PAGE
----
New Zealand Woman’s Weekly
BLESSED are the FLEXIBLE
BEND AND STRETCH – YOUR MIND AND BODY WILL THANK YOU FOR IT!
Stretching should be a part of our daily routine, whether or not we exercise. Here’s why spending just 10 minutes a day can have huge benefits.
• Stretching relieves muscle tension and can help you feel less stressed. When you are wound up, you tend to contract your muscles, which can lead to tenseness and pain. Stretching loosens tense muscles and increases blood flow.
• Like exercise, stretching can prompt the body to release endorphins, the chemicals that give you a feeling of joy. A few gentle stretches first thing in the morning can not only “wake up” stiff and sleepy muscles, but get your day off to a good start by boosting your mood. And if you stretch before bed, the release of endorphins can give you a better night’s sleep.
• Stretching increases flexibility, which can reduce your chances of suffering injury during exercise or while doing everyday tasks. It gives you an improved range of motion, which also cuts the likelihood of being injured because your body is better able to do the physical movements you are putting it through. If you don’t exercise and tend to have stiff muscles and creaky joints, improving your range of motion with stretching can also help with those issues.
• It can improve your posture. Stretching lengthens tight muscles that can pull parts of your body away from their intended position. Stretching the muscles of the lower back, chest and shoulders can help to keep the spine in alignment, and improve overall posture by relieving aches and pains. If you are not in as much pain, you are less likely to hunch or slouch.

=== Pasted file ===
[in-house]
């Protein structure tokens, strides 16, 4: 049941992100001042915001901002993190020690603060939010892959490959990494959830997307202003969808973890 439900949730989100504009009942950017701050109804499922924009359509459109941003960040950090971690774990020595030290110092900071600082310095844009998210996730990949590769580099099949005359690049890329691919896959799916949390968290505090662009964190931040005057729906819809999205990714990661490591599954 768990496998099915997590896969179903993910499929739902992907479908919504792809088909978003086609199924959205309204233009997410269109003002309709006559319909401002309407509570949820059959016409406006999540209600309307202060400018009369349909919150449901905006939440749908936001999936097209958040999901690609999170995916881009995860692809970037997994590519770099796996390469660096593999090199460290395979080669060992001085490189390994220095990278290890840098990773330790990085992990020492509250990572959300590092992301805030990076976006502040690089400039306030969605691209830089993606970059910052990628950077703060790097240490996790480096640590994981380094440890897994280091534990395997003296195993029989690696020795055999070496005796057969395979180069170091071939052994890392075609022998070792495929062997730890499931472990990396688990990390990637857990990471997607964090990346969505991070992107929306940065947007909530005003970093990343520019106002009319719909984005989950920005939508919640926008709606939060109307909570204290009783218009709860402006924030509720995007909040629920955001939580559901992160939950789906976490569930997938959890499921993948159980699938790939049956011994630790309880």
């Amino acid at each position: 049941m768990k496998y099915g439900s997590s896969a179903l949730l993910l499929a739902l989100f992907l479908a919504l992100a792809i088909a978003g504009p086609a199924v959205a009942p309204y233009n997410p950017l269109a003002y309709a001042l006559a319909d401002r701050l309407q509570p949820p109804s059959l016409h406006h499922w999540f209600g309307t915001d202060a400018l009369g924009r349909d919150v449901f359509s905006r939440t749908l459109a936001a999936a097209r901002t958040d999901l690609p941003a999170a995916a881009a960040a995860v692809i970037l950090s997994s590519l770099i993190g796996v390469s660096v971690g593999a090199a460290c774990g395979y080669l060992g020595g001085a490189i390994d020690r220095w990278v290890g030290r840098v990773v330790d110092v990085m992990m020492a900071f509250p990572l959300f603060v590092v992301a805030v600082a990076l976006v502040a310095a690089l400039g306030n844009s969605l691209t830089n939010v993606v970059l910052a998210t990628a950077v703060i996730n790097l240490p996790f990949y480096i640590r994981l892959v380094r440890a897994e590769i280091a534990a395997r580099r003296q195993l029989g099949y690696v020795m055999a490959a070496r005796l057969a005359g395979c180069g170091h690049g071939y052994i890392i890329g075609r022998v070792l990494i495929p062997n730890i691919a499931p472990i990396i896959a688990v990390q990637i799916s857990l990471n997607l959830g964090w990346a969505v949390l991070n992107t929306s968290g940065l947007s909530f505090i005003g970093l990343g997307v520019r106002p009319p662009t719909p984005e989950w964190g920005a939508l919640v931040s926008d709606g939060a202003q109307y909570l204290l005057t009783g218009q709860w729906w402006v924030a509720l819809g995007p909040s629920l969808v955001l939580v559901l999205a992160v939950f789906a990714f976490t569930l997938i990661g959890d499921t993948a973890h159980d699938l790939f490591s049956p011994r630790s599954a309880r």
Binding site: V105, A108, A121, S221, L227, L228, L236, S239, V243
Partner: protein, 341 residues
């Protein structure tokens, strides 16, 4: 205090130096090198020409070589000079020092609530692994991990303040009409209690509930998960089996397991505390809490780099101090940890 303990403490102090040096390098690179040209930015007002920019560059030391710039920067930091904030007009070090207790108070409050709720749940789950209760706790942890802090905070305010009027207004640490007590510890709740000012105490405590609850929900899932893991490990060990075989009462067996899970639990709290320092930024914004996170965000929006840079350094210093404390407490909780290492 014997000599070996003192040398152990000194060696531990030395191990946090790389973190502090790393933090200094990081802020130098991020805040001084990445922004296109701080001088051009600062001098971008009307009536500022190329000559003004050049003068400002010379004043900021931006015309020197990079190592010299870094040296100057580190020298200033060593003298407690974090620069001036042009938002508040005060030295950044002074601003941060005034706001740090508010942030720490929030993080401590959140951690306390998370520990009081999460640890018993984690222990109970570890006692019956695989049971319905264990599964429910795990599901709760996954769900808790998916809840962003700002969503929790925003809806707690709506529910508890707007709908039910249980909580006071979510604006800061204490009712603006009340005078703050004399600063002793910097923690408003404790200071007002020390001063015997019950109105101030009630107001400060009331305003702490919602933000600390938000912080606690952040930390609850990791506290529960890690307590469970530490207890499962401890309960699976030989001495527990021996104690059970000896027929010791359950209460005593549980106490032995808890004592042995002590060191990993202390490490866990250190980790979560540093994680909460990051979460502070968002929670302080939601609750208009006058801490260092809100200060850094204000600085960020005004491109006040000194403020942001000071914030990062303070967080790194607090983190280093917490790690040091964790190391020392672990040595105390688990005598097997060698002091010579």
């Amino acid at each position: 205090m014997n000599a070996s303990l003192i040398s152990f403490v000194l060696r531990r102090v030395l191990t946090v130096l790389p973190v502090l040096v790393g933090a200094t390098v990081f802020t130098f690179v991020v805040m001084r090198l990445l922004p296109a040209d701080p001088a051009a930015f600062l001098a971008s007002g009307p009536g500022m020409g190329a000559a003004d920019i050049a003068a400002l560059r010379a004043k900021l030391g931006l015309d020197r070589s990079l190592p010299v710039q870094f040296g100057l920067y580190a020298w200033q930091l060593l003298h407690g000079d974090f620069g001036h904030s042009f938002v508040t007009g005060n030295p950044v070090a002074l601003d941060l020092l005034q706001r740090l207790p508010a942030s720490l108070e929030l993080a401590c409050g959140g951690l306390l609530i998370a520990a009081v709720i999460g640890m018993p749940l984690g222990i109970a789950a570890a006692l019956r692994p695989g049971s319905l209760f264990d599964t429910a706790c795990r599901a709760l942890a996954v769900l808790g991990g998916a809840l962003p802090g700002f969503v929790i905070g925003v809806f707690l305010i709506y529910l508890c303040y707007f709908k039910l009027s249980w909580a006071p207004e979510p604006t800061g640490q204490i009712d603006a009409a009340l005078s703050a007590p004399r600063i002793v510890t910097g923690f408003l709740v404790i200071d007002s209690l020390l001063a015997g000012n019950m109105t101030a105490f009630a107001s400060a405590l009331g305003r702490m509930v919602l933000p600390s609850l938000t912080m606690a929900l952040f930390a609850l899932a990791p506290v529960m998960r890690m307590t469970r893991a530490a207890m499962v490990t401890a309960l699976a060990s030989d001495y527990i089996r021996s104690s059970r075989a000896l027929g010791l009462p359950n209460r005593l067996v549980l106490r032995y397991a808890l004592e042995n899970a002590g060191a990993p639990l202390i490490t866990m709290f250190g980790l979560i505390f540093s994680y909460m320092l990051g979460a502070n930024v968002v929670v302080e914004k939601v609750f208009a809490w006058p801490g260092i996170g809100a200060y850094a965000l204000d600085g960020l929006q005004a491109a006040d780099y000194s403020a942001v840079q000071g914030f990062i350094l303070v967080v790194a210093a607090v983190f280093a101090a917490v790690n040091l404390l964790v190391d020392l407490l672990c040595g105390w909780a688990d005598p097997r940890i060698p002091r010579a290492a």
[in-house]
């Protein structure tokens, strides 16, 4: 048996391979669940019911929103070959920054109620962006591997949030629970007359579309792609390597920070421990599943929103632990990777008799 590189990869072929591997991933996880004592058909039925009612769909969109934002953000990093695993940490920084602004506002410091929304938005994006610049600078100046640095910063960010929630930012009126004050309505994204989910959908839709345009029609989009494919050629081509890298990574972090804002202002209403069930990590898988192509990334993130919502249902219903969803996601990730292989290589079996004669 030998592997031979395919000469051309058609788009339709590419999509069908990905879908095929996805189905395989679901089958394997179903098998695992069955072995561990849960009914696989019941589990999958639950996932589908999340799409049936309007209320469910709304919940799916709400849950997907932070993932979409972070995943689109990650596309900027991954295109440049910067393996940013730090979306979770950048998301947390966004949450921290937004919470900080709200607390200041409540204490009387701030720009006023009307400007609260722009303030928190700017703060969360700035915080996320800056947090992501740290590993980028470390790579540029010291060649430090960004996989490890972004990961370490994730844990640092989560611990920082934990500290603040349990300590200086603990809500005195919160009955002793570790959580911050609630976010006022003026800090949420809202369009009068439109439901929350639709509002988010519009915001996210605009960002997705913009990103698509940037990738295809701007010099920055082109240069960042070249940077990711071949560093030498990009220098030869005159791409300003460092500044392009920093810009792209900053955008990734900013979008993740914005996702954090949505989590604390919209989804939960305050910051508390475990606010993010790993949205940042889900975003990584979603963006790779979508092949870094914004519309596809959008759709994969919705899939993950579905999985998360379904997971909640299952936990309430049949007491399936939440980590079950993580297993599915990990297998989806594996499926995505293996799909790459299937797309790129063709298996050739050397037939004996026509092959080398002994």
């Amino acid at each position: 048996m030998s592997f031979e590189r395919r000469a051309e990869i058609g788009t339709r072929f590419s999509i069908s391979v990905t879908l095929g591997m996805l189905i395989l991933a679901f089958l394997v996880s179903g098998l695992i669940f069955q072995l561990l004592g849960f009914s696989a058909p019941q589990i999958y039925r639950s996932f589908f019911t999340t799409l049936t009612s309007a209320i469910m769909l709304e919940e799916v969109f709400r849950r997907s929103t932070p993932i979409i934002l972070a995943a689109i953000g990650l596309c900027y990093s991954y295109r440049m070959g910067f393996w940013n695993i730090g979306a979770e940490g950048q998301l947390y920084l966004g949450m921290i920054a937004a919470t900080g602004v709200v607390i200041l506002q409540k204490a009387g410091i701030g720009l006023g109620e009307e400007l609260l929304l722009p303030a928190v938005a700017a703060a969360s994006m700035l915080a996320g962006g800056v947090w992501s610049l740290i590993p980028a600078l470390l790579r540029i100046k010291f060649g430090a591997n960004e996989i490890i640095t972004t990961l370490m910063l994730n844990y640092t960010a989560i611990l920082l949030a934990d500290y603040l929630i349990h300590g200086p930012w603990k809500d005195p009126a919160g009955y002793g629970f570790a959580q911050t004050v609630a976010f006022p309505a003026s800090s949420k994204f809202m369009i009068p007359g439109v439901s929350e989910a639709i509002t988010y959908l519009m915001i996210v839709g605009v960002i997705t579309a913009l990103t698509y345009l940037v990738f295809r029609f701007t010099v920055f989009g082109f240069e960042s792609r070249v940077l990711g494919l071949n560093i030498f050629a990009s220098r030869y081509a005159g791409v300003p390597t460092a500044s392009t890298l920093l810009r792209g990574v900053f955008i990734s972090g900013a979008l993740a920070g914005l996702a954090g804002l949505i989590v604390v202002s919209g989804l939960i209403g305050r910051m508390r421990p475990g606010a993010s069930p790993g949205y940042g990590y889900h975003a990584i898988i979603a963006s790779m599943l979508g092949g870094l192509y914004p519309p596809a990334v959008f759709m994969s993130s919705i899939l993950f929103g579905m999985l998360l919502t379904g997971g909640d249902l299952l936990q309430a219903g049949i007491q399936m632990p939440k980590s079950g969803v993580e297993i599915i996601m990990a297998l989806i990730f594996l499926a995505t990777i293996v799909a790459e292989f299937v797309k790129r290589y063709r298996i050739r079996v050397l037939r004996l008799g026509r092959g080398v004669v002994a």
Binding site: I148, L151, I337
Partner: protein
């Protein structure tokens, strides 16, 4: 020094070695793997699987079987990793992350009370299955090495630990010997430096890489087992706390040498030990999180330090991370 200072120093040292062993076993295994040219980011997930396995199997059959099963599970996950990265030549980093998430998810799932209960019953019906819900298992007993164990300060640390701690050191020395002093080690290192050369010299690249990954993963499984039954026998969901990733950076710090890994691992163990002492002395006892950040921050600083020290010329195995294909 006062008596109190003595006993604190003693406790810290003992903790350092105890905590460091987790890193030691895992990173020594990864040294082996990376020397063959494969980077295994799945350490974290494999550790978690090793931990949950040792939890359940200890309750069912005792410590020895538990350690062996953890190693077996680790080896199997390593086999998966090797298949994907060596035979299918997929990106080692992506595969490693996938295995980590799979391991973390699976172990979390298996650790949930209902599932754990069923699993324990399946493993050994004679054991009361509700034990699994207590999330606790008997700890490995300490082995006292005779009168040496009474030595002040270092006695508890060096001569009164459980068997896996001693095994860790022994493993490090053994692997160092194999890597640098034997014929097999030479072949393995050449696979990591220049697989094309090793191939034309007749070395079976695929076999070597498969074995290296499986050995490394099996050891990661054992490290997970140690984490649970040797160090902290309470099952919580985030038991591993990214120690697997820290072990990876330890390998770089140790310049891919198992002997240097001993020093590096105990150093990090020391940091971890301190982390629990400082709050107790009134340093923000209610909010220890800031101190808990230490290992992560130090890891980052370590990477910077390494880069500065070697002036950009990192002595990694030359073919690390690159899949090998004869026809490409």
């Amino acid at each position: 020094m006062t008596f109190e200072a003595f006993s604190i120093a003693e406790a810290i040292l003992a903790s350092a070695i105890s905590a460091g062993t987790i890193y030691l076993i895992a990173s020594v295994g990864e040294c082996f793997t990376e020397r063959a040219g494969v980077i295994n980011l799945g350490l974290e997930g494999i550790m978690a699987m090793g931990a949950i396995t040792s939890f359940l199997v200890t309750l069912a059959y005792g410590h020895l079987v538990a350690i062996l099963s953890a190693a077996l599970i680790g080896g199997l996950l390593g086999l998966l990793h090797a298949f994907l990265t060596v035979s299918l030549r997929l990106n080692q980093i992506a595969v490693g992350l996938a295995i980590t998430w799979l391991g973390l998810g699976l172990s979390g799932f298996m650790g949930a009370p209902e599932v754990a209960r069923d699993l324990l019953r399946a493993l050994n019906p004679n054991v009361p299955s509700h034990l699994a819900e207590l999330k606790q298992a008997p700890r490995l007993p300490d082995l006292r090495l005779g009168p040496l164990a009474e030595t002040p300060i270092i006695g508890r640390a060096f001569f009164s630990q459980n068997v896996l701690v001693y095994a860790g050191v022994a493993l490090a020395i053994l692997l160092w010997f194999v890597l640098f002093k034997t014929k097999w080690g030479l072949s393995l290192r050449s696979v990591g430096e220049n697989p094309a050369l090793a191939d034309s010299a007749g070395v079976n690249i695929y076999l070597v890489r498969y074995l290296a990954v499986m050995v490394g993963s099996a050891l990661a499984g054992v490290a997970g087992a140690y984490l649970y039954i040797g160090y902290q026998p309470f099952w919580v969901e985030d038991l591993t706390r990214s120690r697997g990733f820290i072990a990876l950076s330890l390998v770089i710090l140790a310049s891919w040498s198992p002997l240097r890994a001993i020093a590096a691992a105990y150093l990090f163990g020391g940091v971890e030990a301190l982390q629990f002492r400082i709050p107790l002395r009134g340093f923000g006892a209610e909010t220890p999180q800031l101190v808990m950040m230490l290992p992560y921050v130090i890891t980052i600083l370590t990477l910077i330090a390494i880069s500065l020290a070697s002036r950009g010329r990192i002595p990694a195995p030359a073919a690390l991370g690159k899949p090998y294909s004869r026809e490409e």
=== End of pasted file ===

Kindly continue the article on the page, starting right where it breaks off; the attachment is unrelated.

• It boosts energy levels. Stretching loosens muscles and helps blood to flow better around the body, in turn helping to combat tiredness, especially in the afternoon. As it can also increase blood flow to the brain, a few minutes of stretching can help when you’re feeling a bit sluggish. Getting up from your desk and doing a few stretches can help you to beat the 3pm slump.
• Improving blood flow to muscles not only helps to reduce post-workout soreness, but it has a positive effect on overall health. Better blood circulation promotes cell growth and organ function. It can also help to lower your heart rate.
• Stretching reduces high cholesterol, according to research. When combined with a healthy diet, doing prolonged stretching may help to remove dangerous LDL cholesterol from the body, preventing the hardening of arteries and lowering the risk of heart disease and stroke.
• It may help lower blood sugar. A 2011 study of adults who had type 2 diabetes or were prediabetic found that those who stretched for 40 minutes after drinking a sugary drink had lower blood sugar than those who assumed the same positions but didn’t stretch first.
HOW TO STRETCH PROPERLY
• Never stretch cold muscles – you can damage them. Move a little first to start blood flowing.
• Unless you’ve done a workout and your muscles are very warm, don’t do static stretching (getting into a position and holding still). Instead do dynamic stretching, which means doing small, controlled movements to stretch little by little.
• Never stretch until it hurts.
This can lead to injuries. Take it easy, especially if you are just starting out.
• Don’t just focus on your legs and your back, stretch your arms, neck and hips too.